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Misconceptions about natural selection and adaptation :

Defining adaptation

Just as it is tempting to take natural selection to extremes, it is tempting to look for the evolutionary advantage of any trait of an organism — in other words, to see adaptations everywhere. Of course, the natural world is full of adaptations — but it is also full of traits that are not adaptations, and recognizing this is important. However, before we examine traits that are not adaptations, it will be useful to specifically define what an adaptation actually is and how we can determine whether or not a trait qualifies as an adaptation.

An adaptation is a feature produced by natural selection for its current function. Based on this definition we can make specific predictions ("If X is an adaptation for a particular function, then we'd predict that...") and see if our predictions match our observations. As an example, we'll consider the hypothesis: feathers are an adaptation for bird flight. Is the evidence consistent with this hypothesis? There are several relevant lines of evidence that must be examined:

  • Is it heritable?
    If a trait has been shaped by natural selection, it must be genetically encoded — since natural selection cannot act on traits that don't get passed on to offspring. Are feathers heritable? Yes. Baby birds grow up to have feathers like those of their parents.

  • Is it functional?
    If a trait has been shaped by natural selection for a particular task, it must actually perform that task. Do feathers function to enable flight? In the case of bird flight, the answer is fairly obvious. Birds with feathers are able to fly and birds without feathers would not be able to.

  • Does it increase fitness?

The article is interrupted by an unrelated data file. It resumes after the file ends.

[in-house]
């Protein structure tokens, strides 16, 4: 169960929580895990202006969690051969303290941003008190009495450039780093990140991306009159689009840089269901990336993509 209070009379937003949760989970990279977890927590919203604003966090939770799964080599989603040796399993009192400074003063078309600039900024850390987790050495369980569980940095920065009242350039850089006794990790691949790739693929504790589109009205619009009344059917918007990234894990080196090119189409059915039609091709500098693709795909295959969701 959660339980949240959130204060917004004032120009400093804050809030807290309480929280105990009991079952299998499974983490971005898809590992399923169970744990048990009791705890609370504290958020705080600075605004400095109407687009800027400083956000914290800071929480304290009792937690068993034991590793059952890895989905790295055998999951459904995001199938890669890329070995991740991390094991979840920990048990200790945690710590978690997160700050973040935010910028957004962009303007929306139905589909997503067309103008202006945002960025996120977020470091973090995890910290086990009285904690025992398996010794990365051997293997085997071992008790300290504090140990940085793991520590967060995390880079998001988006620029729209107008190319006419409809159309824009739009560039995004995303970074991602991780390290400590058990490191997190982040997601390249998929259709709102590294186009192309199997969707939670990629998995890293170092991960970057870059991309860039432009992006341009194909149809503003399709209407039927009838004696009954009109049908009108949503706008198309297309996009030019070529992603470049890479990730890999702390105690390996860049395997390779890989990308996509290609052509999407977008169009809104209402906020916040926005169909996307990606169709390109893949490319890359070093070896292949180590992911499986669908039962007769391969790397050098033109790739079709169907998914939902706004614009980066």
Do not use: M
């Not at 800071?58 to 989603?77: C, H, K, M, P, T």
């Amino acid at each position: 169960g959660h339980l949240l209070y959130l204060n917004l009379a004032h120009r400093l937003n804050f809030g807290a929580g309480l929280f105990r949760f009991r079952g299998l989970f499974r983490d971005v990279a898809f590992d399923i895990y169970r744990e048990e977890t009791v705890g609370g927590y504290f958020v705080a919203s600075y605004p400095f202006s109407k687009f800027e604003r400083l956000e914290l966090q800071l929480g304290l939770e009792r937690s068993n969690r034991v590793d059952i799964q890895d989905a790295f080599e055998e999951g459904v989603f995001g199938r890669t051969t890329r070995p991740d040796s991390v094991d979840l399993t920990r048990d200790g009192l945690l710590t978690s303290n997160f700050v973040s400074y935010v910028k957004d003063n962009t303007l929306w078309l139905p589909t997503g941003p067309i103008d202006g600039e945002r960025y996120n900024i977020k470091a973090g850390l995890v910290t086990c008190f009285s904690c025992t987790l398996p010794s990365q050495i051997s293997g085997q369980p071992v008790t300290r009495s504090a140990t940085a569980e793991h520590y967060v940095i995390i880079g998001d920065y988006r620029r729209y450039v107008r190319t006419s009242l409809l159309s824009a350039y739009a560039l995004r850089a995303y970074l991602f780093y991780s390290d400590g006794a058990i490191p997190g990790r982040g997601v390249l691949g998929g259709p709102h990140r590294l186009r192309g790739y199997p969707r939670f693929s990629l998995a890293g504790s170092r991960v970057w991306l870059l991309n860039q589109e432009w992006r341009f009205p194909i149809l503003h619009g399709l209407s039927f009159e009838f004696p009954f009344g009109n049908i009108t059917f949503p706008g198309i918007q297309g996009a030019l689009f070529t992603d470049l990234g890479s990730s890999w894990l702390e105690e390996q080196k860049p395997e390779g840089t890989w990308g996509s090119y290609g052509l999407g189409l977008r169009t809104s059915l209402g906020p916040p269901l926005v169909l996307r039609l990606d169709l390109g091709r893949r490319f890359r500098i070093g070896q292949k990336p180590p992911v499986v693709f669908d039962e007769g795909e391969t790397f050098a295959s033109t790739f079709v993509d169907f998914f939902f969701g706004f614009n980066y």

If a trait has been shaped by natural selection, it must increase the fitness of the organisms that have it — since natural selection only increases the frequency of traits that increase fitness. Are birds more fit with feathers than without? Yes. Birds without feathers aren't going to leave as many offspring as those with feathers.

Baby birds have feathers

Feathers enable flight

We could do experiments to test each of these criteria of adaptation. So far so good — the feature could have been shaped by natural selection. But we also have to look at historical questions about what was going on when it arose. Did feathers arise in the context of natural selection for flight?

  • How did it first evolve?
    Did the trait arise when the current function arose? Did feathers arise when flying arose? The answer to this is probably no. The closest fossil relatives of birds, two-legged dinosaurs called theropods, appear to have sported feathers but could not fly.

Feathered theropod

This last question emphasizes the importance of understanding organisms' history through fossils such as Archaeopteryx and reconstructed phylogenies. It is not enough to know that the feature is functional right now. We want to know what was happening when it first evolved, which often involves reconstructing the phylogeny of the organisms in which we are interested and determining the likely ancestral states of the characters.


Feathers meet three of the necessary requirements to be considered an adaptation for flight, but fail one of them. So the basic form of feathers is probably not an adaptation for flight even though it certainly serves that function now.

Albatross images courtesy of Gerald and Buff Corsi, Focus on Nature, Inc.; Archaeopteryx image by Dave Smith, UCMP.

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